I have a thyroid condition that needs annual monitoring. It’s time for my annual check, which means bloodwork and an ultrasound of the thyroid. I did send an email a few weeks ago and in this situation (with an American doctor) it actually did help. He told me which days he’s in the hospital clinic and to just stop in, no appointment needed. He’s at a different hospital than Tim was in, so I was not at all familiar with it. Long story short, between finding parking (a quarter of a mile away), finding my way through the registration system, and waiting time, I was there for nearly four hours. On the bright side, I saw the doctor, had my blood drawn, and got my ultrasound done. The technician even told me the ultrasound result on the spot–everything is as it should be. All for a grand total of about $65. I guess I shouldn’t complain too much.
So anyway, just managing those two things makes me feel like we’re really living here, not just visiting. Next up: driver’s licenses. Which requires a notarized document from the U.S. Embassy and a doctor’s note just to get in the door, then you have to pass the reflexes test, written test, and vision test. Not looking forward to that!
We’ve finally started learning the language! We have a tutor who comes to our house three times a week. Every Monday, Thursday, and Friday she spends an hour with the three girls, then two hours with Tim and me. I taught her the idiom “like drinking from a fire hose”– that’s exactly what these lessons are.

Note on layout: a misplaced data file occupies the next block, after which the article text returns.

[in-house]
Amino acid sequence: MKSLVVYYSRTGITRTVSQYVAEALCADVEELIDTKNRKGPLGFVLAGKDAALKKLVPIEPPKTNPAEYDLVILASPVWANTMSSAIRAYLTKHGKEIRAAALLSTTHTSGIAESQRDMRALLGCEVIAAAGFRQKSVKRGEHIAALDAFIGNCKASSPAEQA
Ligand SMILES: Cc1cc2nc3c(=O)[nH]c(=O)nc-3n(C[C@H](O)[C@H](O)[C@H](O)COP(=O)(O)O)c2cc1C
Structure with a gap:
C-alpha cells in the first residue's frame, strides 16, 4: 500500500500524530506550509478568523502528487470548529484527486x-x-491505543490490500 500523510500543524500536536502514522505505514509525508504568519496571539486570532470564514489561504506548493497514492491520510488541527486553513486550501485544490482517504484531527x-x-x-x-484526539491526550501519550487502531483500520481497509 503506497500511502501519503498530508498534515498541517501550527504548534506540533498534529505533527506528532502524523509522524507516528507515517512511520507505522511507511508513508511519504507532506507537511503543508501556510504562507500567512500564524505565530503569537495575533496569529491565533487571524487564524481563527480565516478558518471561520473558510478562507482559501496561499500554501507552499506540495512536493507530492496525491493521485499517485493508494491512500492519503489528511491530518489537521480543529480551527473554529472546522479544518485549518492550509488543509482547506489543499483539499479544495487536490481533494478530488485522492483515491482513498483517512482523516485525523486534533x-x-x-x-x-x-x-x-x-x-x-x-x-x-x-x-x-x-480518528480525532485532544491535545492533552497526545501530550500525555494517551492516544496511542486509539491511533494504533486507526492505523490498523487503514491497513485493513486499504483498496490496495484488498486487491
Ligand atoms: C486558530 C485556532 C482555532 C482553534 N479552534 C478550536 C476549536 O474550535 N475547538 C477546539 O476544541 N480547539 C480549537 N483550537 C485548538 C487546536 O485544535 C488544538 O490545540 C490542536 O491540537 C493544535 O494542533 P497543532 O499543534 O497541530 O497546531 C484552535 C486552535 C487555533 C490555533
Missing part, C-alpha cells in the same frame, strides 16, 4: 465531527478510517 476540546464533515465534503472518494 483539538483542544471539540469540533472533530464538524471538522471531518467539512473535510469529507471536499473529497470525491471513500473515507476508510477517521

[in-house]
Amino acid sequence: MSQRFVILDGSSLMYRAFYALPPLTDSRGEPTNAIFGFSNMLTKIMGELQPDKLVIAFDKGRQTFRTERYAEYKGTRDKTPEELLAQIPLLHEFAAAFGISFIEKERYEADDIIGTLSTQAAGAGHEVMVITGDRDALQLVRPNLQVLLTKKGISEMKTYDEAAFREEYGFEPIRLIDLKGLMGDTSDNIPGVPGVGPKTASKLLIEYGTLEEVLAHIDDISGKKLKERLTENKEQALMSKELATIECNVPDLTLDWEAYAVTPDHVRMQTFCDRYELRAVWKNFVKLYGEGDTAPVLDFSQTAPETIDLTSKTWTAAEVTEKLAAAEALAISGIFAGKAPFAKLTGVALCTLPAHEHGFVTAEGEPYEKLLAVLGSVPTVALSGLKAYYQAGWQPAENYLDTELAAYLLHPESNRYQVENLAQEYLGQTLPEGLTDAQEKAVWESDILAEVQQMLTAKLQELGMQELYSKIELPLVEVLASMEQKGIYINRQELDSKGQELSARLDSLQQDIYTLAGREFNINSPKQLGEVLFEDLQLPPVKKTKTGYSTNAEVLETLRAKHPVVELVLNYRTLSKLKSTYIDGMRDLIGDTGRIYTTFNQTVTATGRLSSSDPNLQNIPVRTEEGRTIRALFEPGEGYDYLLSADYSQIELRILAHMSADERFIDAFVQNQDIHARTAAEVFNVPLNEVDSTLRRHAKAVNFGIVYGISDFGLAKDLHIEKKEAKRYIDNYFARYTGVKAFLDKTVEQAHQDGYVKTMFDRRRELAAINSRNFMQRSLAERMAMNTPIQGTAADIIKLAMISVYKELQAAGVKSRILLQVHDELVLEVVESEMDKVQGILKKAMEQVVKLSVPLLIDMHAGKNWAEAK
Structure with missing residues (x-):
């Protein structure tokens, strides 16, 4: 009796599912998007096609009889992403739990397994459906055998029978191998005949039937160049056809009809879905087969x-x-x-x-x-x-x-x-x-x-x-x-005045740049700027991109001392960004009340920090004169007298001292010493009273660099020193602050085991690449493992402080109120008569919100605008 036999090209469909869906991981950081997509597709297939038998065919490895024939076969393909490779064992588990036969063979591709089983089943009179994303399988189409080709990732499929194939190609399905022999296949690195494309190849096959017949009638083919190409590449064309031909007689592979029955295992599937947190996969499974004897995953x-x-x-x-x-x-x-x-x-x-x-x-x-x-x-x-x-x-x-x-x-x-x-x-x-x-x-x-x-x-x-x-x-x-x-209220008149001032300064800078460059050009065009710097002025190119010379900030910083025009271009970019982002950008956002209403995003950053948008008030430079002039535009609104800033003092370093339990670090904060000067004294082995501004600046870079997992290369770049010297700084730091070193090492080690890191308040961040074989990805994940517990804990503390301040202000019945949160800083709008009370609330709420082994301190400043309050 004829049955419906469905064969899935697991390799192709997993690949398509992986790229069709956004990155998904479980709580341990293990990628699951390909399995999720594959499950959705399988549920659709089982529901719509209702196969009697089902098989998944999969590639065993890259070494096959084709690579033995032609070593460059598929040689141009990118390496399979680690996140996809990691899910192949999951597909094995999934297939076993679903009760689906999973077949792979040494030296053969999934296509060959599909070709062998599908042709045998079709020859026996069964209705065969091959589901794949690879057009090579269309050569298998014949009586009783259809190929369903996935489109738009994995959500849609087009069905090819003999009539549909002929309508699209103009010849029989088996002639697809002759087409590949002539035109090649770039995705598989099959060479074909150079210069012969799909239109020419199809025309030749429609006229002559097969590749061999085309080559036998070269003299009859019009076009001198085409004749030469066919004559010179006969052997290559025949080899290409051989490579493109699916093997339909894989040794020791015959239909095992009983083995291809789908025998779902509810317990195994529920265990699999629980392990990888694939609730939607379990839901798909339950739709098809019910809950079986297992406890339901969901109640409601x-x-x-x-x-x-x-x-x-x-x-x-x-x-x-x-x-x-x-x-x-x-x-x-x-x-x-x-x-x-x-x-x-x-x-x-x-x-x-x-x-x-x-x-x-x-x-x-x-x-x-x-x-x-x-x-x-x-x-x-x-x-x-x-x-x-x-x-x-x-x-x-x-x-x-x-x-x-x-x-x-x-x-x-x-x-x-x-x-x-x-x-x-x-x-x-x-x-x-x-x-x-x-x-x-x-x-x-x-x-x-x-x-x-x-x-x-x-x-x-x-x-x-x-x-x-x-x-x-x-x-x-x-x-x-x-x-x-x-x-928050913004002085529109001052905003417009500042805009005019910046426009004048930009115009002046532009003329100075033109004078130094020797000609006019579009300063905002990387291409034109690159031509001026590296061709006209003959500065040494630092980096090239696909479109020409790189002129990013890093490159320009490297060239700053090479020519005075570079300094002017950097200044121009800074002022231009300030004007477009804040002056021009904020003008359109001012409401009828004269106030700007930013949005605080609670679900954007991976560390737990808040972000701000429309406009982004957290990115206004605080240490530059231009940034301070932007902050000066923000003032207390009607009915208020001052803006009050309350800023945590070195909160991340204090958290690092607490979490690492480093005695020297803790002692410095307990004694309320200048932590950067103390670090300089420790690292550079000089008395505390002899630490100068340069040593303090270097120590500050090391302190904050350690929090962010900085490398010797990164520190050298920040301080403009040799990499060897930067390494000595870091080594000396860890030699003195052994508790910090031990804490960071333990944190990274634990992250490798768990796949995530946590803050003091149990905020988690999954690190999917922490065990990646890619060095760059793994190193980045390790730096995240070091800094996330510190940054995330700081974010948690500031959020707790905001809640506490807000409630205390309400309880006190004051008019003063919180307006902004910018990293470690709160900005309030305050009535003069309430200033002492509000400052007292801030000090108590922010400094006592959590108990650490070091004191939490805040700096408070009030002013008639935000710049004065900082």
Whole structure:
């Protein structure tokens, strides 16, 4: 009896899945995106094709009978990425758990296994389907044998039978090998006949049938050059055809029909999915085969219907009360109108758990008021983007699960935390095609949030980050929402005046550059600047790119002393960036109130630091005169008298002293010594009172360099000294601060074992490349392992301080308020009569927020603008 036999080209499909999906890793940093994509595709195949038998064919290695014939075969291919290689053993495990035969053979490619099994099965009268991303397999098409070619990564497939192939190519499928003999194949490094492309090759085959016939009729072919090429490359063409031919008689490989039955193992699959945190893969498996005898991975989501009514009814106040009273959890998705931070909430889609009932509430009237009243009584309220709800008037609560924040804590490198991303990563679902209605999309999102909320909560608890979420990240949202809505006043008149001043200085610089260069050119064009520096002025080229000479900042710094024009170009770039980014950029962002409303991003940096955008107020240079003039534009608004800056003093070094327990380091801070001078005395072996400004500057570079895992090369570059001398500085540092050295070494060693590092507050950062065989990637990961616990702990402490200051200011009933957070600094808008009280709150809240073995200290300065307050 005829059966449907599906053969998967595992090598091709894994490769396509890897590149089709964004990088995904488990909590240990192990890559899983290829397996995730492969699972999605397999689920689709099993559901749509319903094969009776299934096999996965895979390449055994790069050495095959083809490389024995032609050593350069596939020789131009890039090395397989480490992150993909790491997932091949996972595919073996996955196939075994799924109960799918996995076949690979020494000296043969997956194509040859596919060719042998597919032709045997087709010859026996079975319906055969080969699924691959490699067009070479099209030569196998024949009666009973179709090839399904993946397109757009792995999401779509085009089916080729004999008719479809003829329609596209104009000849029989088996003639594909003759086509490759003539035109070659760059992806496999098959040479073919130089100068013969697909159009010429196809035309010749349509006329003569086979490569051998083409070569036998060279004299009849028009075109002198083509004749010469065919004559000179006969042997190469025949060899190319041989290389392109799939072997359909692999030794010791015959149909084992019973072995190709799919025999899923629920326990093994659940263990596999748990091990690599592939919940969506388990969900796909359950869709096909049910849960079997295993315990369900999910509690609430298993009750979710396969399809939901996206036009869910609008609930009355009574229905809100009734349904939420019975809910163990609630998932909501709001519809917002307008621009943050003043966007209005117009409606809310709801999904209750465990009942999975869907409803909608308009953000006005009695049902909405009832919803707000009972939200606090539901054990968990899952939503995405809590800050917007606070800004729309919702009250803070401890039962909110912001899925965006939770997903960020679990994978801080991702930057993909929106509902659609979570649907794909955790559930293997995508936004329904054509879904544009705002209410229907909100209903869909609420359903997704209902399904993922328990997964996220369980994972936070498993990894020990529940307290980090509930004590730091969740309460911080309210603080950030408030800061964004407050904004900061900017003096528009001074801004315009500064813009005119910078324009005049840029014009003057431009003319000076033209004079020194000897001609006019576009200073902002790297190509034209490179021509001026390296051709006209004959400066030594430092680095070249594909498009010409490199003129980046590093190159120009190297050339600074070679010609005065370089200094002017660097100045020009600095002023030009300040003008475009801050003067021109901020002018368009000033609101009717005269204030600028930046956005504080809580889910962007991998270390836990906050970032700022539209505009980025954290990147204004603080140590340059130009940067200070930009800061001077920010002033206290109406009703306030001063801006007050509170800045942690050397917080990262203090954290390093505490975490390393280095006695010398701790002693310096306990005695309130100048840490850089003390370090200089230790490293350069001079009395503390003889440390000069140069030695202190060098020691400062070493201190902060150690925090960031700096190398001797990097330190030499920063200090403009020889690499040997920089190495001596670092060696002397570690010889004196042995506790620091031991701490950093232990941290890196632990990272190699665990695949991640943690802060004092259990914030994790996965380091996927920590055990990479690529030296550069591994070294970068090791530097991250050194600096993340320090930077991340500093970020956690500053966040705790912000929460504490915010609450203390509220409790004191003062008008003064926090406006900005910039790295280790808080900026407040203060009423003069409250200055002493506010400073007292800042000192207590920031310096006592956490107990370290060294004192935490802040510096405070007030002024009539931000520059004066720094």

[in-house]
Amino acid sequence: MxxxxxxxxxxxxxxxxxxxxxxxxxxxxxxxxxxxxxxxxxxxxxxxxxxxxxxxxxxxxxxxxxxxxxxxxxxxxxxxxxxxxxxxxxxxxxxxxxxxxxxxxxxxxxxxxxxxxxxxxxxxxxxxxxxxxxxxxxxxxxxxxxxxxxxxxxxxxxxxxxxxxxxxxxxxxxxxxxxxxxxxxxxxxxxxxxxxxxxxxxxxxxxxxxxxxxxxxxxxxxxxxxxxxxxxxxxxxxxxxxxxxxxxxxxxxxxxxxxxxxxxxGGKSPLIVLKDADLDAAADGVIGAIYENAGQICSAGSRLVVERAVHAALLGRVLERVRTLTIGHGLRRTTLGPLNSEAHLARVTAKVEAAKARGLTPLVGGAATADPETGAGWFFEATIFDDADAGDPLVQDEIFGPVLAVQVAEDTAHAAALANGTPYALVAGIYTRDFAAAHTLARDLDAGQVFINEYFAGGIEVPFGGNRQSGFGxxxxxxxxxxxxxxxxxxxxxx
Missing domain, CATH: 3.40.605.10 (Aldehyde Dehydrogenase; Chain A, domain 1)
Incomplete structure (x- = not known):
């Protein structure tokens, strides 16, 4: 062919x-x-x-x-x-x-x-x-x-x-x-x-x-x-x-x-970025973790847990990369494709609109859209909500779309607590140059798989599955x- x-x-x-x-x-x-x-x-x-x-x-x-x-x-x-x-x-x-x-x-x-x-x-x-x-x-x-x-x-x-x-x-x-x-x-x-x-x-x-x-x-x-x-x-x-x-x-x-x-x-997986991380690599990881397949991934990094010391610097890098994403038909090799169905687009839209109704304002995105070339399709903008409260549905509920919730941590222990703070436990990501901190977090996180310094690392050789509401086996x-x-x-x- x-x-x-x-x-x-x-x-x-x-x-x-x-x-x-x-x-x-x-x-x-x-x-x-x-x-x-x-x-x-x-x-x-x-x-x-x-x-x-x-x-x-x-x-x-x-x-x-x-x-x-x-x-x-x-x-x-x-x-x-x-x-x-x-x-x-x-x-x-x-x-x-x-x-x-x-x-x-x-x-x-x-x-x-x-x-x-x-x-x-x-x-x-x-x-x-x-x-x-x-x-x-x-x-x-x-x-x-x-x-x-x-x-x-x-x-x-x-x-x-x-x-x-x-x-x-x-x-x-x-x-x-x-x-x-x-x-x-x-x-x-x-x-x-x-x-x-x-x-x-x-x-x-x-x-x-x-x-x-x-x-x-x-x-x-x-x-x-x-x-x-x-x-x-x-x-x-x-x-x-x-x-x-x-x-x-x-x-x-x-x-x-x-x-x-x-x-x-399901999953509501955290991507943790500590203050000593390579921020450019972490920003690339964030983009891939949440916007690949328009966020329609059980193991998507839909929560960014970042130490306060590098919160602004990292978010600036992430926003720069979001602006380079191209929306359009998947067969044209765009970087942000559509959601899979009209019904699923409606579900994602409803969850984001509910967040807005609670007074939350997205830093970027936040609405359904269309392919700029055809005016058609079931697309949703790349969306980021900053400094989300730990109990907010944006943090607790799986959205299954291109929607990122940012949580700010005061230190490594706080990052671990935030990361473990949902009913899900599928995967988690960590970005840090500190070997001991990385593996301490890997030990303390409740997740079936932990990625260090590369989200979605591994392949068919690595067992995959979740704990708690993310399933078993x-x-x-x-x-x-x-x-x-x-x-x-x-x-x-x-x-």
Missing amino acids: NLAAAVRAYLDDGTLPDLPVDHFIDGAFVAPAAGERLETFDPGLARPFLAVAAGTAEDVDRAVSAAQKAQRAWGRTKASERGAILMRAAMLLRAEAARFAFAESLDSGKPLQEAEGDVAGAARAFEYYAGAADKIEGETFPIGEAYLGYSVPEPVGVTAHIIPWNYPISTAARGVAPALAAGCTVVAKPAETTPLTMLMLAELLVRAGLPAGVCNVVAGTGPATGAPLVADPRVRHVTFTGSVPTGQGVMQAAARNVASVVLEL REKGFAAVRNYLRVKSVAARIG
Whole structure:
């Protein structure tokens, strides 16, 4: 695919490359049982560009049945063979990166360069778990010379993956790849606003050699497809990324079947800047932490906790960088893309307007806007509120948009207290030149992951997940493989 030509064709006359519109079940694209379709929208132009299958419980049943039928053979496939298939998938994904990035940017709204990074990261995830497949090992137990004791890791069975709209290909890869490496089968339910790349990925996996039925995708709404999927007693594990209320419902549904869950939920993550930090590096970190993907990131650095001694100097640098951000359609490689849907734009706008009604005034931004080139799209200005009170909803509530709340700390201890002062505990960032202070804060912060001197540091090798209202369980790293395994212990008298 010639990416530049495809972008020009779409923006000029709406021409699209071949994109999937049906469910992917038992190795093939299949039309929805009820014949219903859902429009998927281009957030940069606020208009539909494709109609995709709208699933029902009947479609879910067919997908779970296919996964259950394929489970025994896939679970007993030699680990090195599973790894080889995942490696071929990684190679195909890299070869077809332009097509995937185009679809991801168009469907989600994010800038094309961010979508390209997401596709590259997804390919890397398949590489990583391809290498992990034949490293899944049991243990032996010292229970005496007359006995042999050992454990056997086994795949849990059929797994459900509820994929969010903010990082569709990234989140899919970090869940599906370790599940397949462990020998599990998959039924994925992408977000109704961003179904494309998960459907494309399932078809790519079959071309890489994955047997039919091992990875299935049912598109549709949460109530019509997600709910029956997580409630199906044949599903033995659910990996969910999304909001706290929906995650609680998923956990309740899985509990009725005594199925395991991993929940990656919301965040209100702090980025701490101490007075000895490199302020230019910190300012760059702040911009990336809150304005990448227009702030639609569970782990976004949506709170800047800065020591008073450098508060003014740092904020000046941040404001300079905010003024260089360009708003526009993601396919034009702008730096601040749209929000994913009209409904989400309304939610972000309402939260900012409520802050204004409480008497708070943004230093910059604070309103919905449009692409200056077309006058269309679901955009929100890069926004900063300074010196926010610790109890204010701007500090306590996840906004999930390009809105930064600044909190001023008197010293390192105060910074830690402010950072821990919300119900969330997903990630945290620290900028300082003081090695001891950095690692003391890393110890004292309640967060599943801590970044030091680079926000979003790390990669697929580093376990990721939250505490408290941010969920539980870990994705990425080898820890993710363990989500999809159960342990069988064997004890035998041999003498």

The girls are enjoying their classes so far. They are learning basic conversational Thai and beginning to learn writing the Thai letters. The Thai alphabet is kind of complicated. There are 44 consonants, though a few of them aren’t used anymore. Vowels… it depends on how you count them. There are 15 different symbols, but they can be combined to make over 28 different sounds. But again, I think some aren’t used. Vowels can be placed before, after, above, or below a consonant–or a combination of before, after, and/or above. Oh, and then there are four tone marks. And just to make it extra interesting, there are no spaces between words.
Every consonant has a “thing” that goes with it. So for example, ? is the first letter of the alphabet. When used in a word it’s pronounced roughly “Gaw.” Its name, ? ???, is pronounced “gaw-gai” (more or less, it’s hard to equate it to English sounds). “Gai” means chicken, so it would be like saying A-apple for the first letter of the English alphabet.
Today the girls were learning to write the letter ?, the object for which is water buffalo (khaw-kwai). So this is what we came up with:
I’ve pared down some of our other homeschool subjects so I can spend more time on Thai with the girls (and on my own). It’s a constant balancing act! We’ve scaled back to doing copywork in place of most of our language arts subjects. It’s a great way to teach and reinforce proper grammar, spelling, mechanics, and syntax. For right now I’m using George Washington’s “Rules of Civility.” It fits right in with our American history studies, and they’re great little sayings to live by! Today’s sentence:
When in company, put not your hands to any part of the body, not usually discovered.
Good advice, no? 😉